Publications by authors named "Sergey V Sidorov"

10 Publications

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Association between Lymph Node Status and Expression Levels of Androgen Receptor, miR-185, miR-205, and miR-21 in Breast Cancer Subtypes.

Int J Breast Cancer 2020 23;2020:3259393. Epub 2020 Apr 23.

Institute of Molecular Biology and Biophysics-Subdivision of Federal Research Center of Fundamental and Translational Medicine, Timakova Str. 2/12, 630117 Novosibirsk, Russia.

Breast cancer is the most commonly diagnosed cancer among women. Difficulties in treating breast cancer are associated with the occurrence of metastases at early stages of disease, leading to its further progression. Recent studies have shown that changes in androgen receptor (AR) and microRNAs' expressions are associated with mammary gland carcinogenesis, in particular, with the formation of metastases. Thus, to identify novel metastatic markers, we evaluated the expression levels of AR; miR-185 and miR-205, both of which have been confirmed to target AR; and miR-21, transcription of which is regulated by AR, in breast cancer samples ( = 89). Here, we show that the molecular subtypes of breast cancer differ in the expression profiles of AR and AR-associated microRNAs. In addition, the expression of AR and these microRNAs may depend on the expression of PR, ER, and HER2 receptors. Our results show that the possibility of using AR and microRNAs as markers depends on the tumor subtype: a decrease in AR expression may be the marker for the presence of lymph node metastases in patients with HER2-positive subtypes of breast cancer, and disturbance of miR-205, miR-185, and miR-21 expressions may be the marker in patients with a luminal B HER2-positive subtype. Cases with metastases in this type of breast cancer are characterized by a higher level of miR-205 and a lower level of miR-185 and miR-21 in tumor tissues compared to nonmetastatic cases. A decrease in the miR-185 level is also associated with lymph node metastasis in luminal B HER2-negative breast cancer. Thus, the expression levels of AR, miR-185, miR-205, and miR-21 can serve as markers to predict cancer spread to the lymph node in luminal B- and HER2-positive subtypes of breast cancer.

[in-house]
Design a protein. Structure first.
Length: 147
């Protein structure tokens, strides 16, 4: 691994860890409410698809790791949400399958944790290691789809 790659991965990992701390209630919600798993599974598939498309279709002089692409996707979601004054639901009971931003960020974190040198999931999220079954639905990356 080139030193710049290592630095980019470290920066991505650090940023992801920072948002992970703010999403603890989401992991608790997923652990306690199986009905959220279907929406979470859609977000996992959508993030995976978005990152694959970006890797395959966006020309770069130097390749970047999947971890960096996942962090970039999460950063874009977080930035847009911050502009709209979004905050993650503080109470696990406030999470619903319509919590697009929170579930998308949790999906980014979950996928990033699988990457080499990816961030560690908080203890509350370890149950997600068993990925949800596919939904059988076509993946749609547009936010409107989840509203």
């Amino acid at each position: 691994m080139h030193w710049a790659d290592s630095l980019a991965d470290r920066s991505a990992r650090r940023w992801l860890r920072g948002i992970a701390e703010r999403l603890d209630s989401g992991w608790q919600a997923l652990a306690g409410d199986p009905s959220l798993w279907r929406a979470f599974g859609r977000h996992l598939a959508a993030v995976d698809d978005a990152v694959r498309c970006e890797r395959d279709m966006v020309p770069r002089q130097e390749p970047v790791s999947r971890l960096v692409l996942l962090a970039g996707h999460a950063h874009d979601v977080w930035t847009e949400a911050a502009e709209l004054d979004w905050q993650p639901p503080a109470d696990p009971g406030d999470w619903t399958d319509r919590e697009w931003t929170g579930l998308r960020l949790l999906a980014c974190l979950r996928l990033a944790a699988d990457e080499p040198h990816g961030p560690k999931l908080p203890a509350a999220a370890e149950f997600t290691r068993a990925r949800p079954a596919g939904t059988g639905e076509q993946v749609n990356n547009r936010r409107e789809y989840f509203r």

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http://dx.doi.org/10.1155/2020/3259393DOI Listing
http://www.ncbi.nlm.nih.gov/pmc/articles/PMC7195641PMC
April 2020

Approbation of the Cancer Treatment Approach Based on the Eradication of TAMRA+ Cancer Stem Cells in a Model of Murine Cyclophosphamide Resistant Lymphosarcoma.

Anticancer Res 2020 02;40(2):795-805

Institute of Cytology and Genetics, Siberian Branch of the Russian Academy of Sciences, Novosibirsk, Russia

Background/aim: We previously have described the "3+1" tumors cure approach consisting of individual time schedule of cyclophosphamide and dsDNA preparation administrations. The aim of the study was to adapt the "3+1" approach based on eradication of cancer stem cells to the model of murine ascitic cyclophosphamide-resistant lymphosarcoma (RLS).

Materials And Methods: Adaptation of the "3+1" approach includes the identification of the timing to disrupt the tumorigenic potential of a certain tumor.